Riding up in her horse and carriage to the junction with the busy road, Josephine Pilling couldn’t see the traffic, as heavy rain battered against her glasses. Mrs Pilling’s life was dominated by extreme short-sightedness, forced to rely on thick, heavy glasses to give her a chance to see.
Now, Mrs Pilling is indulging her passion for carriage driving and outdoor life on her small holding in Melbourne near York after undergoing Lens Replacement Surgery at Vision Surgery and Research Centre in East Yorkshire.
“Last year, I was in the carriage waiting to pull out onto the A1079 and I just couldn’t see because of the rain on my glasses,” she said. My passenger was really frightened. This year, it’s a different story. I can see where I’m going and it’s made a huge difference to my life.”
Mrs Pilling, 58, wore glasses from infant school, and recurring eye infections means contact lenses were unsuitable to correct her poor vision and astigmatism in one eye. Spending most of her life outdoors with her three mules and her donkey, and helping Riding for the Disabled, wearing glasses became a burden. “The worst thing for me was they steamed up wherever I went,” she said.
“When it was raining, I had to look down at the ground or wear a baseball cap just to keep the rain off my glasses. I was forever taking them on and off to wipe them but I just couldn’t see a thing without them. On one occasion, when I was out on a hunt, it was raining so I had to put my glasses in my pocket and all I could see was the grey blur of the horse in front of me. I was jumping over fences with no idea of where I was going!”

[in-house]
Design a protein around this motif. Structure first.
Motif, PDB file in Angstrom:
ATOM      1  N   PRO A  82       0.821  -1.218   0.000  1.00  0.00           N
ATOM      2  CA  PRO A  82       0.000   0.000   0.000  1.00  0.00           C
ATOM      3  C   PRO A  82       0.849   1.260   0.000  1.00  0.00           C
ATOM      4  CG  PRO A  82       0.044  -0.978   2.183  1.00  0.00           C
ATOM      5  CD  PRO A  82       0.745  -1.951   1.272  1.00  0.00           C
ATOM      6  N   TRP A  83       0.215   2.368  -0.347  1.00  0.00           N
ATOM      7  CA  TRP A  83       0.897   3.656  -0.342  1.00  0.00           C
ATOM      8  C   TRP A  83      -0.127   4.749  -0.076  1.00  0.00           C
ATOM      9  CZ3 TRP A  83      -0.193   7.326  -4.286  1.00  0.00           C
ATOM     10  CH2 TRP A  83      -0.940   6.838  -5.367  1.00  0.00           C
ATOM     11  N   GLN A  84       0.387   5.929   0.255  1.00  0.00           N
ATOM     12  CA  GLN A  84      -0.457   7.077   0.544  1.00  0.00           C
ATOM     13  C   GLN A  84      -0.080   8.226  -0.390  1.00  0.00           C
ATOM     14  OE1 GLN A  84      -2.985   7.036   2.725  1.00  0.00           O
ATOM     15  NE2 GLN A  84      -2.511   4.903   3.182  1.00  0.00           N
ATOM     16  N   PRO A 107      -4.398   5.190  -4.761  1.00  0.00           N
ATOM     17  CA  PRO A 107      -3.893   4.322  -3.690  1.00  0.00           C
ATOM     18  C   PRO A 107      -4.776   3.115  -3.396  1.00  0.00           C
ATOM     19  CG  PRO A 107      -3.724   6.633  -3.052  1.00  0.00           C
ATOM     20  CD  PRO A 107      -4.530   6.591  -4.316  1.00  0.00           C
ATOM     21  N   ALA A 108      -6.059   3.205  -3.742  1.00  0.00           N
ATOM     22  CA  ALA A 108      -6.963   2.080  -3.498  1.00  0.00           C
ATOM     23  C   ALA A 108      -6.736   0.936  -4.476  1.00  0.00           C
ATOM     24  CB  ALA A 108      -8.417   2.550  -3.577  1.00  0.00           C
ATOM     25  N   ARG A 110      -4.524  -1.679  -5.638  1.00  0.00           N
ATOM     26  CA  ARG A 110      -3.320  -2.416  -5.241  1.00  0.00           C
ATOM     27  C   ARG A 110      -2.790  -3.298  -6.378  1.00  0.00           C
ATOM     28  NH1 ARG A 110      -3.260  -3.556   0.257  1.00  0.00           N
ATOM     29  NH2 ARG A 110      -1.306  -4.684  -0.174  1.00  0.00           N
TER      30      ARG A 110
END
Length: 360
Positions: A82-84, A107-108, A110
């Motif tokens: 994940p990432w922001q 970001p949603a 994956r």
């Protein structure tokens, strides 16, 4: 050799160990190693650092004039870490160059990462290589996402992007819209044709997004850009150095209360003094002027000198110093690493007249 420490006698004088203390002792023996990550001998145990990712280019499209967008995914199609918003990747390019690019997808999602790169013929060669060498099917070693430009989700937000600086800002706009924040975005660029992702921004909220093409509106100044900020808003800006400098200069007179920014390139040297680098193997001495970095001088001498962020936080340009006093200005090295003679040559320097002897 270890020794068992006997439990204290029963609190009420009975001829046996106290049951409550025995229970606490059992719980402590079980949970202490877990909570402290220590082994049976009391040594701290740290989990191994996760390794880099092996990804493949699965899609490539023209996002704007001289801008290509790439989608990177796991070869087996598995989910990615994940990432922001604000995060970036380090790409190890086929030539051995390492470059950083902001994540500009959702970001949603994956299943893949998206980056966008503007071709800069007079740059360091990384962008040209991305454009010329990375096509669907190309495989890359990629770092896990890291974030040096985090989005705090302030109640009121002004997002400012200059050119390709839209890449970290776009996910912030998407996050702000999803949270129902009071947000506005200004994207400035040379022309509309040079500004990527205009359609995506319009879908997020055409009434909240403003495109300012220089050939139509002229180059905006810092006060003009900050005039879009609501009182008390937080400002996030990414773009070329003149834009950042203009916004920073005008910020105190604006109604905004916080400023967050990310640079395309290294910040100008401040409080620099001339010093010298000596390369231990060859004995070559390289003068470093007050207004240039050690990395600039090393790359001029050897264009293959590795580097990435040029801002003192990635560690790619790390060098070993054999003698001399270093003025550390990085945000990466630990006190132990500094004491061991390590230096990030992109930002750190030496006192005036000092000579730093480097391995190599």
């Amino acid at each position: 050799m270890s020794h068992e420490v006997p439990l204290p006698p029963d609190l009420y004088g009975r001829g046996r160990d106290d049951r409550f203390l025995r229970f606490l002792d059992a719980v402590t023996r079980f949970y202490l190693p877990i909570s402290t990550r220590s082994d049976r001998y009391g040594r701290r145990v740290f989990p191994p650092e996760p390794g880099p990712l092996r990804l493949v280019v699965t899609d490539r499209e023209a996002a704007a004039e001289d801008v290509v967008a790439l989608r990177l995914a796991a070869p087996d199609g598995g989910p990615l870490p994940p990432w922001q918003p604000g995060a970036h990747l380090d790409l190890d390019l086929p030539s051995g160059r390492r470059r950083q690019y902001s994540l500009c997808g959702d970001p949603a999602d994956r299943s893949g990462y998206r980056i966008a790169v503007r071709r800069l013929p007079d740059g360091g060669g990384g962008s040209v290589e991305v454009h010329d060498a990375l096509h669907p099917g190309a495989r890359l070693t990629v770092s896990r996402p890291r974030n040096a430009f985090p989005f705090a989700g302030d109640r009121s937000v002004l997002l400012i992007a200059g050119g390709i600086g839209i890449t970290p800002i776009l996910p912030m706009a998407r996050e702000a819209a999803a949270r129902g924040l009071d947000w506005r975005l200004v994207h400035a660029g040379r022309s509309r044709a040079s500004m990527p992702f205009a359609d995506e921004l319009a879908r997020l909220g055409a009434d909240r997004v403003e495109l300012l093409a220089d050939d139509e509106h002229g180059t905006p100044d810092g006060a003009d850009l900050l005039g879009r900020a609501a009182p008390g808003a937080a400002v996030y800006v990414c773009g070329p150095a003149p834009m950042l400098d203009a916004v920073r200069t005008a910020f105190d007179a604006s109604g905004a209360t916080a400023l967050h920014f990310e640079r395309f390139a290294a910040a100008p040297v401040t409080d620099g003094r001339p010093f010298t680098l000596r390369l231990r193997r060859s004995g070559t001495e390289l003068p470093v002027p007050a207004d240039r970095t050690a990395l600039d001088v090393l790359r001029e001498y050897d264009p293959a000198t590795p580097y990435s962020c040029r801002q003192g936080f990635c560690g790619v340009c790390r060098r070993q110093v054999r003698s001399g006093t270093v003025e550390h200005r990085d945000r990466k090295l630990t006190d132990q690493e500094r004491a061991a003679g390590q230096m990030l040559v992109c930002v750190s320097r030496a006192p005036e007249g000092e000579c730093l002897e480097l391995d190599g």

Deciding to tackle her poor eyesight once and for all, a neighbour recommended Milind Pande, the medical director of Vision Surgery and Research Centre in East Yorkshire with an international reputation for excellence in the field of ophthalmic surgery. Having operated on a patient with a prescription of minus 36, Mrs Pilling’s prescription of minus 9.25 was all in a day’s work for the renowned surgeon. Using complex algorithms, Mr Pande tailored replacement lenses to correct the astigmatism and ensure optimum vision for Mrs Pilling. First, he fitted a multi-focal lens in one eye and monitored Mrs Pilling’s response as her brain adjusted to her new vision.
Mr Pande said: “For 58 years, Mrs Pilling’s brain had worked out algorithms to process the pictures seen through short-sighted eyes. We changed those pictures overnight hence her brain had to re-learn the algorithm to process new pictures. She had to learn to see again so, as time goes by, it will just get better and better.” Having achieved outstanding results with the first operation, Mr Pande then operated on Mrs Pilling’s second eye to give her perfect vision.
He said: “The amazing thing for Mrs Pilling is, all her life she has had the vision of an extremely short-sighted person. Now, she can see very clearly. For people with extreme prescriptions, it is similar to when they get a new pair of glasses and they say it takes them a week to get used to them. That visual adaptation has been shown to work up to the age of 90 or 100.”
Now, Mrs Pilling is living life to the full, enjoying her outdoor life and her hobby of spinning, without the need for spectacles.
She said: “It’s absolutely amazing. I don’t need glasses for distance vision or for reading and it’s made such a difference to me. My new vision has impacted on everything, from being able to open my eyes in the morning and see my bedroom to being out with the ponies and talking to the farrier in the rain without having to take off my specs every two minutes to wipe them. I’m so glad I’ve done it and I would say to anyone considering Lens Replacement Surgery to go ahead without delay. The sooner you get it done, the longer you have to enjoy brilliant vision.”
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